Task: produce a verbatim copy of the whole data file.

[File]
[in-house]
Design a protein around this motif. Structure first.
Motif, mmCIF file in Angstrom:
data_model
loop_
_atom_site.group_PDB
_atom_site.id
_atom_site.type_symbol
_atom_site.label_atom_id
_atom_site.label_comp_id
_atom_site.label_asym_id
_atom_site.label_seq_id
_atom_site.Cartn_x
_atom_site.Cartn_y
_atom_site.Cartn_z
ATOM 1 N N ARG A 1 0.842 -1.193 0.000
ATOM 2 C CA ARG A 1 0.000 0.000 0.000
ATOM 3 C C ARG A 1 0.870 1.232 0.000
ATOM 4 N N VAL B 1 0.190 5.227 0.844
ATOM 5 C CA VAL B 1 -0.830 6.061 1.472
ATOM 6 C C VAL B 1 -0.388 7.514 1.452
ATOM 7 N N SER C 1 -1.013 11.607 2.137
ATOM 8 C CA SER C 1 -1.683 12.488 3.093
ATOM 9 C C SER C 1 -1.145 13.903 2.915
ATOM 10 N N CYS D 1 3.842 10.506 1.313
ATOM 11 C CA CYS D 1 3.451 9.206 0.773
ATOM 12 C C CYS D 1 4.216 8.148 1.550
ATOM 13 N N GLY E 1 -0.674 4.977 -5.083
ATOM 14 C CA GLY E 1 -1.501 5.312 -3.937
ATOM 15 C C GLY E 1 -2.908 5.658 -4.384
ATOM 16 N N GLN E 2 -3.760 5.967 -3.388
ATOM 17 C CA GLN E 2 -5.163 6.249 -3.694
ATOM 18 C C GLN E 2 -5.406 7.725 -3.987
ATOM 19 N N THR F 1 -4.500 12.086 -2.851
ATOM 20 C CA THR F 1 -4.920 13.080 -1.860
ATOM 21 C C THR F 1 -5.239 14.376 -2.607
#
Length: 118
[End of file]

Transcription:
[in-house]
Design a protein around this motif. Structure first.
Motif, mmCIF file in Angstrom:
data_model
loop_
_atom_site.group_PDB
_atom_site.id
_atom_site.type_symbol
_atom_site.label_atom_id
_atom_site.label_comp_id
_atom_site.label_asym_id
_atom_site.label_seq_id
_atom_site.Cartn_x
_atom_site.Cartn_y
_atom_site.Cartn_z
ATOM 1 N N ARG A 1 0.842 -1.193 0.000
ATOM 2 C CA ARG A 1 0.000 0.000 0.000
ATOM 3 C C ARG A 1 0.870 1.232 0.000
ATOM 4 N N VAL B 1 0.190 5.227 0.844
ATOM 5 C CA VAL B 1 -0.830 6.061 1.472
ATOM 6 C C VAL B 1 -0.388 7.514 1.452
ATOM 7 N N SER C 1 -1.013 11.607 2.137
ATOM 8 C CA SER C 1 -1.683 12.488 3.093
ATOM 9 C C SER C 1 -1.145 13.903 2.915
ATOM 10 N N CYS D 1 3.842 10.506 1.313
ATOM 11 C CA CYS D 1 3.451 9.206 0.773
ATOM 12 C C CYS D 1 4.216 8.148 1.550
ATOM 13 N N GLY E 1 -0.674 4.977 -5.083
ATOM 14 C CA GLY E 1 -1.501 5.312 -3.937
ATOM 15 C C GLY E 1 -2.908 5.658 -4.384
ATOM 16 N N GLN E 2 -3.760 5.967 -3.388
ATOM 17 C CA GLN E 2 -5.163 6.249 -3.694
ATOM 18 C C GLN E 2 -5.406 7.725 -3.987
ATOM 19 N N THR F 1 -4.500 12.086 -2.851
ATOM 20 C CA THR F 1 -4.920 13.080 -1.860
ATOM 21 C C THR F 1 -5.239 14.376 -2.607
#
Length: 118